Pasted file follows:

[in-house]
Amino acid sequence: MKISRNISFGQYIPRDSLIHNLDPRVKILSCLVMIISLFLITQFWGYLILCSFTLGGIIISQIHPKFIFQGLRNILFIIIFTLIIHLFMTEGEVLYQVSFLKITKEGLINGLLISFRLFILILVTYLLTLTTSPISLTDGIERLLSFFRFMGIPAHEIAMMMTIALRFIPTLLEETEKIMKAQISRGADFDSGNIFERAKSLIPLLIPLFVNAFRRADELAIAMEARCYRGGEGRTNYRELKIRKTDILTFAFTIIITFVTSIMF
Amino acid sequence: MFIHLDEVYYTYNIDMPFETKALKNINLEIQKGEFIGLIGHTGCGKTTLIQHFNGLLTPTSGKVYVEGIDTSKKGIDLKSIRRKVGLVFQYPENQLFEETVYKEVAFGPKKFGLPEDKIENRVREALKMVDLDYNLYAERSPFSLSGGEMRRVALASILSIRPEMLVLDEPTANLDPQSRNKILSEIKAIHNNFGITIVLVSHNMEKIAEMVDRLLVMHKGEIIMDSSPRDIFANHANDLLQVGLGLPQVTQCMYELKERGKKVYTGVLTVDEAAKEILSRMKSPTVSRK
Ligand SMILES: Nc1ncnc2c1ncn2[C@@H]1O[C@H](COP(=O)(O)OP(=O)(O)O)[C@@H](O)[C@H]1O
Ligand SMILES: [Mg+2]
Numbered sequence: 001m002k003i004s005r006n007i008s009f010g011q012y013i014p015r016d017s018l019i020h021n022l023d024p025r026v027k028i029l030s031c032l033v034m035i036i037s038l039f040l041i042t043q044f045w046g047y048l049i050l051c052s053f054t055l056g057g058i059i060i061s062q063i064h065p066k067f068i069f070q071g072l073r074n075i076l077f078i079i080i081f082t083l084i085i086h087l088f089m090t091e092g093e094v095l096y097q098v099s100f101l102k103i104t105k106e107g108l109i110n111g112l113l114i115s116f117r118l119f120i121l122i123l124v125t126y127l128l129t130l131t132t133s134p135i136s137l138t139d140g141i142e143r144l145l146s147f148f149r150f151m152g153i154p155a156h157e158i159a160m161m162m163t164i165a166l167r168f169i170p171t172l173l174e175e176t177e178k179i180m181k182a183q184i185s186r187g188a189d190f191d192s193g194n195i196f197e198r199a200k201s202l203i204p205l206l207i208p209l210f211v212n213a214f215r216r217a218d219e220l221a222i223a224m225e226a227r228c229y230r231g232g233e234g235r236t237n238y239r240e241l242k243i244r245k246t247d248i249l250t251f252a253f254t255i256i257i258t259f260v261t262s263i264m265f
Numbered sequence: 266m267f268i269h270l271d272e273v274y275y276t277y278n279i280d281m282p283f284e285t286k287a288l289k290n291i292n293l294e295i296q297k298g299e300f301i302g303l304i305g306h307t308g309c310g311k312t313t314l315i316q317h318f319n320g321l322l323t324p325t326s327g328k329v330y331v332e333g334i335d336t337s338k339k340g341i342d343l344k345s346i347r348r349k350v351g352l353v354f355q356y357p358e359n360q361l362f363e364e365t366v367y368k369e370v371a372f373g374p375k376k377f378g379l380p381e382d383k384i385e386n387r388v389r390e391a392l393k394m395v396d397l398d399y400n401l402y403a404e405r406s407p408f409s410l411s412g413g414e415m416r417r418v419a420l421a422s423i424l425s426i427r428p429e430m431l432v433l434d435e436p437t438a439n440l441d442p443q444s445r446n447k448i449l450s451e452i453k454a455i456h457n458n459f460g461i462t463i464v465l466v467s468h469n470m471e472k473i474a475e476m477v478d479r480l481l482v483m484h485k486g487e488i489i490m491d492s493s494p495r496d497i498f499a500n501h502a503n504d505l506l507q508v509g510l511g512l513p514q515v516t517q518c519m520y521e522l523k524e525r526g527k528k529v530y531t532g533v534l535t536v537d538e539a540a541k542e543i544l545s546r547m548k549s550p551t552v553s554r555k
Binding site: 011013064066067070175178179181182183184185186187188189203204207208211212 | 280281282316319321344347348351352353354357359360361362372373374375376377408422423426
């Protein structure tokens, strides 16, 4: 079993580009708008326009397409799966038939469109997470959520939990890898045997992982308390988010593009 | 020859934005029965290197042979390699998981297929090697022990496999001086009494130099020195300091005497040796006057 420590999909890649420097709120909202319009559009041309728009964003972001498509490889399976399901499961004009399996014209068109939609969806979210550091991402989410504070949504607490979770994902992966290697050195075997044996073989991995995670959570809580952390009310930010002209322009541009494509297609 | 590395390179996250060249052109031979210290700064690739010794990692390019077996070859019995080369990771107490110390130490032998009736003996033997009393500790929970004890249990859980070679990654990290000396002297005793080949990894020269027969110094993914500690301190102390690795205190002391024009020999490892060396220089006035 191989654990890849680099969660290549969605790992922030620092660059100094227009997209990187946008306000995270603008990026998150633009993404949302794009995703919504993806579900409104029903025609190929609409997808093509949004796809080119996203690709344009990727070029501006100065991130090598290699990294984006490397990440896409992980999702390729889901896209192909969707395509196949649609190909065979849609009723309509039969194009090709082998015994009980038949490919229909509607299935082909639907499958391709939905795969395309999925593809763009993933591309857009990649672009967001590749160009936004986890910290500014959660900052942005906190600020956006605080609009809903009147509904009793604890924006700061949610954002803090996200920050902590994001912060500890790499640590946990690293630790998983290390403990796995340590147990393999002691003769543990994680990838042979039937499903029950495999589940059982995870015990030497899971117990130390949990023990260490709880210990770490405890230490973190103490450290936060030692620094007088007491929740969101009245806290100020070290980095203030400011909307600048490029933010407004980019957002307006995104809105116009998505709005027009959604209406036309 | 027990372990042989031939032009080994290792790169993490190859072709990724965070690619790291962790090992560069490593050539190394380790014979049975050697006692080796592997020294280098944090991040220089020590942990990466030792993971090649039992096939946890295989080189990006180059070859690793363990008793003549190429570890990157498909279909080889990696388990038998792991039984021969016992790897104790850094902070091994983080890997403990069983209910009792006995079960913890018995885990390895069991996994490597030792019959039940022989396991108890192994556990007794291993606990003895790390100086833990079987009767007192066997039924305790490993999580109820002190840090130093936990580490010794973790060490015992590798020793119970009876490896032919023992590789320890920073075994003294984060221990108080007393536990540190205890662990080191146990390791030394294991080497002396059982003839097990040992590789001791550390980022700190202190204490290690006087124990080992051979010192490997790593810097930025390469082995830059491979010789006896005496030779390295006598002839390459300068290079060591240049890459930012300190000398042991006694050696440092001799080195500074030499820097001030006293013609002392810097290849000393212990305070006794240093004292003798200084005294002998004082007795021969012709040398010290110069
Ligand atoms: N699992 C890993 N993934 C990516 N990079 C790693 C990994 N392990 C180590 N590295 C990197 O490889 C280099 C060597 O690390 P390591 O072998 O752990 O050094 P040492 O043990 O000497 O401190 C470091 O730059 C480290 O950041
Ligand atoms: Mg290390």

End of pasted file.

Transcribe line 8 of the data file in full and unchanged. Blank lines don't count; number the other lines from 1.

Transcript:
Binding site: 011013064066067070175178179181182183184185186187188189203204207208211212 | 280281282316319321344347348351352353354357359360361362372373374375376377408422423426